Sunday, October 04, 2009

Where would we be today?

Written some time ago, 22 July 2004, for another blog. It carries the theme of my last post 'False ceilings' nicely. Enjoy.

Fear of the unknown both intrigues and yet holds back the development of mankind. We are at a number of moral intersections with so many new technologies. Going forward has risks. Risks that we don’t fully understand or can even be sure of. We can speculate, but we can’t be sure. So what do we do?

When da Vinci first invented the flying machine to when the Wright brothers first flew one, do you think they considered the profound affects of their work? Do you think they timidly explored their ideas, or do you think they just did it? When the first seed was first sewn, when the first doctor made his first incision, or when the first injection was first administered… do you think any of these happened with a full understanding of their actions? Mankind has developed from taking risks we don’t fully understand, and at every set-back we’ve improved our understanding and moved forward again. Were we creating irreparable damage, were we furthering mankind?

When Babbage set about inventing the first computer, I somehow doubt he was too worried about potential risks. Once the first valve-operated computer was built, the Americans put it to work to predict the trajectory of a bullet: to build a better weapon, to be a better killer. Today’s computers help us to work out from the wound of a slained victim the trajectory of that bullet: to capture their killer, to build a better defence. A double edged sword full of risk and potential yet we still harness the power of the computer and move forward for the benefit of mankind. The same cannot be said about all technologies.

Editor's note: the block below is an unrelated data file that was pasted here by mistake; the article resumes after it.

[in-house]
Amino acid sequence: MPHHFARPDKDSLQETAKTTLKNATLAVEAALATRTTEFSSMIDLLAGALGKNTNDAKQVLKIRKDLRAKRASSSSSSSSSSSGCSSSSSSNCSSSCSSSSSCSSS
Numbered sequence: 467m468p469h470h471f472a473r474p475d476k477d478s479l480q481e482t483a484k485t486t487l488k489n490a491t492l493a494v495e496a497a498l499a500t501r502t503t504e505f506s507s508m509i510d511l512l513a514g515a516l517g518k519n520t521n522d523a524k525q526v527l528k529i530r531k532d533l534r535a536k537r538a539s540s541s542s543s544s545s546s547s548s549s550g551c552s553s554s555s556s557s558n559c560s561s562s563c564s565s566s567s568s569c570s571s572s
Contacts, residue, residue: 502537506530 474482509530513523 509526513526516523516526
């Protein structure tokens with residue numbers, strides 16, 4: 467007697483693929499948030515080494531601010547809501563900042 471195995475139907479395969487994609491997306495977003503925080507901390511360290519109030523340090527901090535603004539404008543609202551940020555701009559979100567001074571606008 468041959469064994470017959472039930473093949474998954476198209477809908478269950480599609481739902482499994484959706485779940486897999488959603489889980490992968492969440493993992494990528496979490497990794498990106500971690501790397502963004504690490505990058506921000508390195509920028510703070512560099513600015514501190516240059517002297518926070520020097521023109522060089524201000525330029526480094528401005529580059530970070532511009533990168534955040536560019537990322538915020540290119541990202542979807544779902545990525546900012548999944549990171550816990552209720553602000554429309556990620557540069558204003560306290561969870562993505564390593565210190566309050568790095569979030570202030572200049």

When NASA first set about exploring the moon we faced risks, not fully understanding them, we did it anyway. We landed on the moon. As long as the risks were contained, NASA kept going. Yet at the first ‘visible’ setback, ‘fear’ shot to the forefront of the public’s mind, leaving the progression of mankind in its wake. We now nervously send people in to space. We cautiously step out in to the new frontier. The space programme has in the last 25-years, only now started to regain ‘some’ momentum with the possibility of Mars being a rich resource for mankind. Our own moon, sitting upon our own doorstep, remains a vastly unexplored entity.

We have seen what can be achieved in less than 25 years. Where would we be today if the momentum of the space programme never died down? Imagine if we faced everything with intrigue and not in trepidation? Where would we be today? Dig up the sceptics of da Vinci’s flying machine and take them on a flight to anywhere in the world. Dig up our sceptics in 100-years from now and take them on a flight to the stars. Apply this to genetic science and nanotechnology. Where would we be today? Where would we be in 25 years?

False ceilings

The sky's the limit. Well, even that sounds a bit restrictive in this day and age. Are there really any true limits? If there was ever a saying that was due for an overhaul in modern culture, this is the one. Yet even if we chose the moon or the stars as limits it wouldn't be long before even these would be deemed as narrow minded.

The question we should ask ourselves about limits: Why do we feel compelled to set them?

In the workplace we rarely focus on the skies, unless you're in the air force, instead we talk about glass ceilings. Arbitrary heights within an organisational structure which we feel are fixed. A point in the hierarchy which we cannot go any further.

A call centre operative has no business bypassing their team leader, let alone the supervisor or floor manager. Heaven forbid that such an individual could compare notes with the CEO.